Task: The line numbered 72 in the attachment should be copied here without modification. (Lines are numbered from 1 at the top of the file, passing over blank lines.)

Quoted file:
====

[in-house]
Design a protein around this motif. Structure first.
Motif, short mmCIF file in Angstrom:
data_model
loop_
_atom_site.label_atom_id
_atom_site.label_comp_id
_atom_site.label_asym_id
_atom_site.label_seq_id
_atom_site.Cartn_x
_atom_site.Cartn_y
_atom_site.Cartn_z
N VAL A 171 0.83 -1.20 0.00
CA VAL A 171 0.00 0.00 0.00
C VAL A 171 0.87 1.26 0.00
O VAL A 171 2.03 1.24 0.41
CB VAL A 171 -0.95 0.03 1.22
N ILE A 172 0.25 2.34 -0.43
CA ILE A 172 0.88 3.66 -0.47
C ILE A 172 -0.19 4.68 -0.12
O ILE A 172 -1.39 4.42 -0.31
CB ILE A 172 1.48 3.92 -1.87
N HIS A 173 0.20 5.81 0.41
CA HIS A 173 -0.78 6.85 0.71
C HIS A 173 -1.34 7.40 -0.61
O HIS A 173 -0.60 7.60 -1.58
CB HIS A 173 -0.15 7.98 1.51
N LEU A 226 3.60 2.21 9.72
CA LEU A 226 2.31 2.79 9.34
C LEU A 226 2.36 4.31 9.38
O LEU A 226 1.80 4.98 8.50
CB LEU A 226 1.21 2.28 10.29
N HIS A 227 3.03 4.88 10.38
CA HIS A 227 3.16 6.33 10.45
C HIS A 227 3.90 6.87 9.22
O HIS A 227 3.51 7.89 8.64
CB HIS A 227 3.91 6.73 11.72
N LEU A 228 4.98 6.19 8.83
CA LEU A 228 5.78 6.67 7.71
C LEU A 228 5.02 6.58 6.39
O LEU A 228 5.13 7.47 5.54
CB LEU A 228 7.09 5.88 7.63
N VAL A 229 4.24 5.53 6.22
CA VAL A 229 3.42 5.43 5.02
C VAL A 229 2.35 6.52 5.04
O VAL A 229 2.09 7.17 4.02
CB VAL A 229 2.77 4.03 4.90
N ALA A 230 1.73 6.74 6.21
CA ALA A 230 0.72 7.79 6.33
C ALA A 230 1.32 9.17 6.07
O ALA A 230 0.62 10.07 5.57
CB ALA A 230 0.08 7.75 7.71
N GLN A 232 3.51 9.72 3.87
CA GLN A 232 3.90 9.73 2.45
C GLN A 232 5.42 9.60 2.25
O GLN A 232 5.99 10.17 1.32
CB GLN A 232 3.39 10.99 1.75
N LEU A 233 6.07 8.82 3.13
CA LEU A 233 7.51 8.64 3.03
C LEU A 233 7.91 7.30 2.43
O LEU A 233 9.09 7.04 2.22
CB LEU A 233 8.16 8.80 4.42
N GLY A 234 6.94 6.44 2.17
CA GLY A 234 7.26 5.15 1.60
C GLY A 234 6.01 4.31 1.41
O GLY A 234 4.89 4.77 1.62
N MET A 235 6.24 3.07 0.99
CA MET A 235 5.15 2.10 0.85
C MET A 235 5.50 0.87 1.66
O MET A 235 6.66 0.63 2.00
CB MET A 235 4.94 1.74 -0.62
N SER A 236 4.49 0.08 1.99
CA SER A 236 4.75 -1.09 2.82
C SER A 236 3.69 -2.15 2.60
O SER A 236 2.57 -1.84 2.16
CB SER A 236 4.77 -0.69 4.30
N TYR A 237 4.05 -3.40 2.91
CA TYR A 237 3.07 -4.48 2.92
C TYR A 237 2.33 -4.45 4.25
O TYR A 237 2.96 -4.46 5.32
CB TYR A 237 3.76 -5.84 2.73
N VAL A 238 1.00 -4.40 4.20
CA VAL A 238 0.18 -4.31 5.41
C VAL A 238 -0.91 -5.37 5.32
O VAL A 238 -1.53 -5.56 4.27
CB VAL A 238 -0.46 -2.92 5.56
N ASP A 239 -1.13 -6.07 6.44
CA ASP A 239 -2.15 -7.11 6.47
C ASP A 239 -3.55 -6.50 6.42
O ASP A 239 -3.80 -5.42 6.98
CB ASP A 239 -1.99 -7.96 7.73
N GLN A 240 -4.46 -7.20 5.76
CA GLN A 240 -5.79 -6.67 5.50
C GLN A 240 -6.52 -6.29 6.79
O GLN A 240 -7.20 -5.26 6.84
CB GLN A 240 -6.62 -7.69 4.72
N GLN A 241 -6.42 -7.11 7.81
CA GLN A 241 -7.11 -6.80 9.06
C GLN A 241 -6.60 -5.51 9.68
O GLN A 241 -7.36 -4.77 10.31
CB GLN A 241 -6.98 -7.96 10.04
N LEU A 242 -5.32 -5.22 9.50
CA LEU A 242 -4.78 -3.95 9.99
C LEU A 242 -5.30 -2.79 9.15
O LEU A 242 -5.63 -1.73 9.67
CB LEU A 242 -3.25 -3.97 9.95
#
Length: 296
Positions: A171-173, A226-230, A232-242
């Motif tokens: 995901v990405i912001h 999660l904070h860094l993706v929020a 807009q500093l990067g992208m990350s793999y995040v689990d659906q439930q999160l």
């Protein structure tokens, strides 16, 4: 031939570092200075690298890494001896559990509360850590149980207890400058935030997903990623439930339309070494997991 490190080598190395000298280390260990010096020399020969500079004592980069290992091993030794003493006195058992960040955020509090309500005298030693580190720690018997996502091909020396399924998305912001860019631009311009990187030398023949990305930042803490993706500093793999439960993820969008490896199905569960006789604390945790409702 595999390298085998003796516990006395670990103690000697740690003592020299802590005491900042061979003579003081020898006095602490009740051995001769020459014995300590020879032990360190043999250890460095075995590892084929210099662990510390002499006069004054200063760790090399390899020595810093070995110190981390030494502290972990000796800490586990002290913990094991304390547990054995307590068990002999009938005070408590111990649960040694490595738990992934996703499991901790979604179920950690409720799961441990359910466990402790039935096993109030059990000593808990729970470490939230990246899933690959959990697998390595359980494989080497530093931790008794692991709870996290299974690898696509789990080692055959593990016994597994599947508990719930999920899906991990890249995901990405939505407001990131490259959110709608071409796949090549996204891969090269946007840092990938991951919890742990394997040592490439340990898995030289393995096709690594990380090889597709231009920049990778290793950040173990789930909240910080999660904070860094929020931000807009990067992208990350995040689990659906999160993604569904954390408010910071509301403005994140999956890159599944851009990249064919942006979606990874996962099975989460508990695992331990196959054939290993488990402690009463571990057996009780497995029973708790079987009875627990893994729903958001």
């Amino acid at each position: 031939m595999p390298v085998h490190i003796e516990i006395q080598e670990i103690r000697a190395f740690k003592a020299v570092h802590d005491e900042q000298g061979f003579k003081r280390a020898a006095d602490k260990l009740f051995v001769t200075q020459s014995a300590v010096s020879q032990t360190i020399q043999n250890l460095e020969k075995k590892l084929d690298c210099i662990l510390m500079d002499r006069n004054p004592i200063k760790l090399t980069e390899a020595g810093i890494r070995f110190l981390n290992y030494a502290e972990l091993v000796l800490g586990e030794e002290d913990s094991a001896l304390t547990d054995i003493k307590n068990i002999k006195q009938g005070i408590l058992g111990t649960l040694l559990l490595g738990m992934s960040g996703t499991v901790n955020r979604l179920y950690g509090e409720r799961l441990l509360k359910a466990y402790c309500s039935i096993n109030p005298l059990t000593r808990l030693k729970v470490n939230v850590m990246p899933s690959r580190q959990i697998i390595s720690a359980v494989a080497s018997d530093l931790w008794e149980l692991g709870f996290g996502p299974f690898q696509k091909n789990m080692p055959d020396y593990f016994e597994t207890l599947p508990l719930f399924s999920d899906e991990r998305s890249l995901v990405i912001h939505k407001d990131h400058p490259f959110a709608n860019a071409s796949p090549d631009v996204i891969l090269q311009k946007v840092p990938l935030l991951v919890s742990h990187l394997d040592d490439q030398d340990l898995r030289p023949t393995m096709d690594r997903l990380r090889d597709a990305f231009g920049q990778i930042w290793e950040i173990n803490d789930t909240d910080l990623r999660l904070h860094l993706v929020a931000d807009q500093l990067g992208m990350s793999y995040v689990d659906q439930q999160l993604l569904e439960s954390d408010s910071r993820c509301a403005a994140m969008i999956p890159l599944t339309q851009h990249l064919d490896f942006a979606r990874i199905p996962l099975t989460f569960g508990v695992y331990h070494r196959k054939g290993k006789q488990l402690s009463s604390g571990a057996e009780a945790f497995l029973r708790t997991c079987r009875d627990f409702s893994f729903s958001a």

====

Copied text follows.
N SER A 236 4.49 0.08 1.99